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REFOCUS: Discrimination under the umbrella of the law

Gerard Veldhoven
Gerard Veldhoven - FILE

Much has been written and discussed, and battles have been fought in the courts regarding the discrimination that continues in this country.

Ironically, Canada remains one of the most accepting countries in the world. To say that conservative minds are at work is not out of line. Those who believe certain members of our society are eligible to live their lives as they are meant to be lived, and be accepted as “normal,” serve as a constant reminder of how much work remains to be done in this society. Do we, LGBTQ+ citizens of this world deserve to be treated like second-class beings, and is it acceptable to let this community of world citizens be treated in this way?

Many of us remember former Prime Minister Stephen Harper’s attempt to reverse the marriage act and exclude gay couples from being able to legally marry. And most of his MPs agreed with him. Last year, the Conservative Party decided to not question the issue any longer. Of course, that’s not written in stone as Conservative Leader Andrew Scheer has also voted against same-sex marriage. So, as we study the issue of discrimination which has a multitude of headings, we learn, through experience, many changes may occur.

Even as Canada’s Conservative Party has indicated it will not reopen the issues regarding LGBTQ+ citizens’ rights, a change of heart, as well as changes in policies, may be in the future. Discrimination under the law is also evident in Ontario as the Progressive Conservative government in that province has ordered the re-instatement of sexual education as set forth in 1995 and erasing the content concerning the LGBTQ+ community. This is pure discrimination under the umbrella of the laws of this land. Yet, governments in our provinces, as well as the federal governments, may introduce legislation that allows actions that do not follow the laws of this country.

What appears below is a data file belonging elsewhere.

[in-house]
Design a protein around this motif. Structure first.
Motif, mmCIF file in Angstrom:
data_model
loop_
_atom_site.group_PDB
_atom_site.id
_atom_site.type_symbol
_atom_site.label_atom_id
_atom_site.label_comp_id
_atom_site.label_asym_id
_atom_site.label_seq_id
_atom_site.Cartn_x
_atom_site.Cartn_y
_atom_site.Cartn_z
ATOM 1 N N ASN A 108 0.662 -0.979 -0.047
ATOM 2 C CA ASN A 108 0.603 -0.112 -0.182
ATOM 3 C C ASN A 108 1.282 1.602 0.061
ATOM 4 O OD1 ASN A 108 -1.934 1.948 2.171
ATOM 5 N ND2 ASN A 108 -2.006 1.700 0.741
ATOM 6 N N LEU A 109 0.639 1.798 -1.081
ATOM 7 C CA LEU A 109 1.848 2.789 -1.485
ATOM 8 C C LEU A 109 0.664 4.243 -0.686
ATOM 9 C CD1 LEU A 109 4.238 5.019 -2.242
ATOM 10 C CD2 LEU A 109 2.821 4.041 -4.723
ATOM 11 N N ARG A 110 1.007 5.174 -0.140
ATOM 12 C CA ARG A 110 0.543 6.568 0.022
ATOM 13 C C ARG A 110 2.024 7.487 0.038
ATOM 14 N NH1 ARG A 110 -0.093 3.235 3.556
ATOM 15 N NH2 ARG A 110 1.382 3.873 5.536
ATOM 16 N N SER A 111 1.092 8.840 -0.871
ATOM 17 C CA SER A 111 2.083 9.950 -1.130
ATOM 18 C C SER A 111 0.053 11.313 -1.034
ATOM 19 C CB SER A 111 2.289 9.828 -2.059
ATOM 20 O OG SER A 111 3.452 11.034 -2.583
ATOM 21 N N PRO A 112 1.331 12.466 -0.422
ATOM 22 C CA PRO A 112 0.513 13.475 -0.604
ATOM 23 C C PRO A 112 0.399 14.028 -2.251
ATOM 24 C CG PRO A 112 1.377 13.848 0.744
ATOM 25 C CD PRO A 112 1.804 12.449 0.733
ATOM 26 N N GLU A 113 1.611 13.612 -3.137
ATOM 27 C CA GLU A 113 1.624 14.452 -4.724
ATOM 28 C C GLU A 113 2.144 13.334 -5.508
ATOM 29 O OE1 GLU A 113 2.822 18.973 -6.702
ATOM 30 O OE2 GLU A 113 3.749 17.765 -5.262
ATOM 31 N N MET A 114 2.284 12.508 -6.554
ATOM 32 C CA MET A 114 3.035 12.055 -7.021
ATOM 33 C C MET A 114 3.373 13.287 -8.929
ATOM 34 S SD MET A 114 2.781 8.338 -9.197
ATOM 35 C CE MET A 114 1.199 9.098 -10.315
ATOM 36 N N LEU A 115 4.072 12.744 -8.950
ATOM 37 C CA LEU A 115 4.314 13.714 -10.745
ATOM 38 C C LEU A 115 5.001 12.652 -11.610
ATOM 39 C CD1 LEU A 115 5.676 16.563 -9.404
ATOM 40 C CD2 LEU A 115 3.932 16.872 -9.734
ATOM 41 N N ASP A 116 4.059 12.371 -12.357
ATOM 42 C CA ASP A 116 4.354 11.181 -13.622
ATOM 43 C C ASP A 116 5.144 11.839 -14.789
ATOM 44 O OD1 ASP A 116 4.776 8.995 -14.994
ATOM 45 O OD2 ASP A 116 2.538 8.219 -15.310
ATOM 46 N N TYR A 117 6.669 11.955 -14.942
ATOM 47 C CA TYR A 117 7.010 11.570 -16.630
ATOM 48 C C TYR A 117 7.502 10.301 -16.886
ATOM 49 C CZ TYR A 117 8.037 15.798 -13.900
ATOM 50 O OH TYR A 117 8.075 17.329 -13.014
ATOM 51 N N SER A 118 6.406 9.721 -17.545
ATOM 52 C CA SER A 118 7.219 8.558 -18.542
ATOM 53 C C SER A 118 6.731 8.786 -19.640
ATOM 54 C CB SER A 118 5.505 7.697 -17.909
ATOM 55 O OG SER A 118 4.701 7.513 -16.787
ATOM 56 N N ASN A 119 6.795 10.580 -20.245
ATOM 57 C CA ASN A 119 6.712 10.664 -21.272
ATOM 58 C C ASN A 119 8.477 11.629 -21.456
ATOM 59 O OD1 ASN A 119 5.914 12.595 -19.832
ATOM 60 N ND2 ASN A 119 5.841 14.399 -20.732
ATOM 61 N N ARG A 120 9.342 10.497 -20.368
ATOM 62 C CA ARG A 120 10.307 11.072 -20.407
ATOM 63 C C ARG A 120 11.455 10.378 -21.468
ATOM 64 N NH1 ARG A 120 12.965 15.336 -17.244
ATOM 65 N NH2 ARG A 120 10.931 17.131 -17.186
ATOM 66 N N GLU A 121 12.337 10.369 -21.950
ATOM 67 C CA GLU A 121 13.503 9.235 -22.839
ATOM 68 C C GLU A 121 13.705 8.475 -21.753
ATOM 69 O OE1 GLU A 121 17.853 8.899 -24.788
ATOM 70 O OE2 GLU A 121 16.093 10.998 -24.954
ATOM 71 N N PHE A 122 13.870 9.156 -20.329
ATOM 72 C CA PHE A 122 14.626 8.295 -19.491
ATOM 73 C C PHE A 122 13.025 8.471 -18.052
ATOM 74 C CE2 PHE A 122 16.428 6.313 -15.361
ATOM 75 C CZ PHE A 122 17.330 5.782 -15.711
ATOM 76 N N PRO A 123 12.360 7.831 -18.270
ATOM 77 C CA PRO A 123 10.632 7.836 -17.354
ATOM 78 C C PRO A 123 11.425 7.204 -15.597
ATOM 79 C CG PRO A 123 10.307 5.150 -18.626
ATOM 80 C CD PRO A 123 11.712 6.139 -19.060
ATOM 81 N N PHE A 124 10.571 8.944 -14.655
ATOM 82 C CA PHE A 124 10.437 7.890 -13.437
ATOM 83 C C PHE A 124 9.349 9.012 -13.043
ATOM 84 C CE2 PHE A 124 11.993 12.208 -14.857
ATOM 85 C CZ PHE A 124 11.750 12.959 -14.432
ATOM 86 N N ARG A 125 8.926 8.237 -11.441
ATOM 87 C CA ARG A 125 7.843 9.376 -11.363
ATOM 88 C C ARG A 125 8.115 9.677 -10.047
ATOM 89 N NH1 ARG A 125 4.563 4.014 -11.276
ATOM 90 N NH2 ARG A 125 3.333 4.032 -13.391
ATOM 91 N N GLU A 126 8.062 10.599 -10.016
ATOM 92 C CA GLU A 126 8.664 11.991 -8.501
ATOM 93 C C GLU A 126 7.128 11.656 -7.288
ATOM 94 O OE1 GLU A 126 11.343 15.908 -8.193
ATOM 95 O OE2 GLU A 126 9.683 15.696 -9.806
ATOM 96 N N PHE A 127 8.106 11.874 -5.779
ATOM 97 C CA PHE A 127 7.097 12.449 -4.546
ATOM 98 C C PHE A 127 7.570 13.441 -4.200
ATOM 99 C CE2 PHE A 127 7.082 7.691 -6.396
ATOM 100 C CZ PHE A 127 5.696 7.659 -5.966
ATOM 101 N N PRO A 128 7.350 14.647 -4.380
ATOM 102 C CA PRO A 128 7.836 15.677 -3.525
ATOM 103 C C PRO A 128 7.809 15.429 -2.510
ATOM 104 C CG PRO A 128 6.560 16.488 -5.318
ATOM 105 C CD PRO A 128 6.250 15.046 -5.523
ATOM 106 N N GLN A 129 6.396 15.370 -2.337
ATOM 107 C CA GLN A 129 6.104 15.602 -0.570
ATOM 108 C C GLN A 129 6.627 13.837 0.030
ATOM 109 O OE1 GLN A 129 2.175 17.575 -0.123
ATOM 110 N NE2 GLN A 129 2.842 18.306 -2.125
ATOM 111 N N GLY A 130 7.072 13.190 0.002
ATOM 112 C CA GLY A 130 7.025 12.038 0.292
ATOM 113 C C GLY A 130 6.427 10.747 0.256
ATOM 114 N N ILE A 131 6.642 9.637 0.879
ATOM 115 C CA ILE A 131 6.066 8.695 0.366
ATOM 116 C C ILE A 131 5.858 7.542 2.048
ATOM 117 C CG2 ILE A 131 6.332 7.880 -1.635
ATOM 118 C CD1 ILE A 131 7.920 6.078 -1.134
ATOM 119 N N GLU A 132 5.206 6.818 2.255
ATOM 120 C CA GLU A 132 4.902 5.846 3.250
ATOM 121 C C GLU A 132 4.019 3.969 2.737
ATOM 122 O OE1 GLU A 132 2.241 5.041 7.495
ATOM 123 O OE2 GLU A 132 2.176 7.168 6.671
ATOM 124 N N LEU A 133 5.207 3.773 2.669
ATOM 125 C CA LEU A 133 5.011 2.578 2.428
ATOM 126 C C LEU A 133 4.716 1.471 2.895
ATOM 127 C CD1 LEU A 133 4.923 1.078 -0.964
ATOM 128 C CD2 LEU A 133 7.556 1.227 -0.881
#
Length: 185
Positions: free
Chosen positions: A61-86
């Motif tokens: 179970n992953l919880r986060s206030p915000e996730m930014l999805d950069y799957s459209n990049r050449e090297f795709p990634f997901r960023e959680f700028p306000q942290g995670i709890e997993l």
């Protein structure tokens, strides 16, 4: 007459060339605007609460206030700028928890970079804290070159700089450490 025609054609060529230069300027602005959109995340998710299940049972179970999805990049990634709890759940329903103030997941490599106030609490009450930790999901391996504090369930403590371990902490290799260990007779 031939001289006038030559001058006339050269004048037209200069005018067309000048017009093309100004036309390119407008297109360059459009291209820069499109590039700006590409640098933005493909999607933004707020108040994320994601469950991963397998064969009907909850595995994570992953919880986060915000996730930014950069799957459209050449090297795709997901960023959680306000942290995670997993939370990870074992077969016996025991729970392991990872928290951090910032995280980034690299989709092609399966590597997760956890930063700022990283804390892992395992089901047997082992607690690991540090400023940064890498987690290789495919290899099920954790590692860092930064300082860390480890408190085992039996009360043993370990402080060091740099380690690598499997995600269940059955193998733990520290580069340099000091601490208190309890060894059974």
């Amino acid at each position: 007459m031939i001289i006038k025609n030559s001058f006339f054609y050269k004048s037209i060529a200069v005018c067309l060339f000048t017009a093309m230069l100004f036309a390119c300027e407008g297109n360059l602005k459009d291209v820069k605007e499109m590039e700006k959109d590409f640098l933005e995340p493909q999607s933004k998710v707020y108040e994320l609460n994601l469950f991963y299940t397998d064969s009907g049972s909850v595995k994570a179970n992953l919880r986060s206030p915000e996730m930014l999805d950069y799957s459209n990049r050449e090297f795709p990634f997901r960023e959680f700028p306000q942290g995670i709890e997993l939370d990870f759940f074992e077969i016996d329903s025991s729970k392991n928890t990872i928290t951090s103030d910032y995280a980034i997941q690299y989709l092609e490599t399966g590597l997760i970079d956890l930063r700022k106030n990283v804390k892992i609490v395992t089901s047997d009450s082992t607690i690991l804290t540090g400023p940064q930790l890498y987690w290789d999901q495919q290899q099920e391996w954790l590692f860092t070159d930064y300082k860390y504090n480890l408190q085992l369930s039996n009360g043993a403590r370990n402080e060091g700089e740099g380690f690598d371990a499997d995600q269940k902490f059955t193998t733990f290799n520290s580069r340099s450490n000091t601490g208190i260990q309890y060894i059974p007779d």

Alberta is on the verge of a provincial election. There could be a change in government to the United Conservative Party under leader Jason Kenney, a staunch anti-LGBTQ+ former federal MP, and a return to eliminating any laws concerning LGBTQ+ citizens in that province. He is against gay/straight alliance groups in educational facilities and same-sex marriage, and other gains that have made in Canada, one of the leaders in the world, as far as equal rights are concerned. The concerns are real and the fact the laws do not always protect makes it clear the fight for equality continues.

Religious ideologies are a strong factor that influences the politicians, and of course the general public, in a manner that gives us cause for concern as only those who are “straight” are welcome. This should also be counted as discrimination. It must be made clear that not all religious denominations are guilty of this discriminatory action. Our world, our existence, and our rights as human beings, are challenged by those who feel the need to exclude rather than embrace. The meaning of this is abundantly clear. The LGBTQ+ citizens of this country are not necessarily protected under the laws of the land because discrimination occurs daily, with terrible consequences that do not need to exist. Let us be clear, discrimination is the culprit of all minorities, even as we are told by governments and others, that protection exists under the laws. Who is responsible to make certain that protection exists and is promoted in reality, not just philosophical words that are meaningless? Words as spoken by Pope Francis and others mean little unless put into action. Positive deeds will tell the story, and history will tell our children if discrimination has indeed been eliminated. Human rights dictate that all be treated equally under the laws, and indeed through kindness and love. Much has been accomplished, but so much more remains to be done.

Gerard Veldhoven is a longtime gay rights activist and a resident of Pictou County. Comments and information: lgbtconnectionsgv@gmail.com

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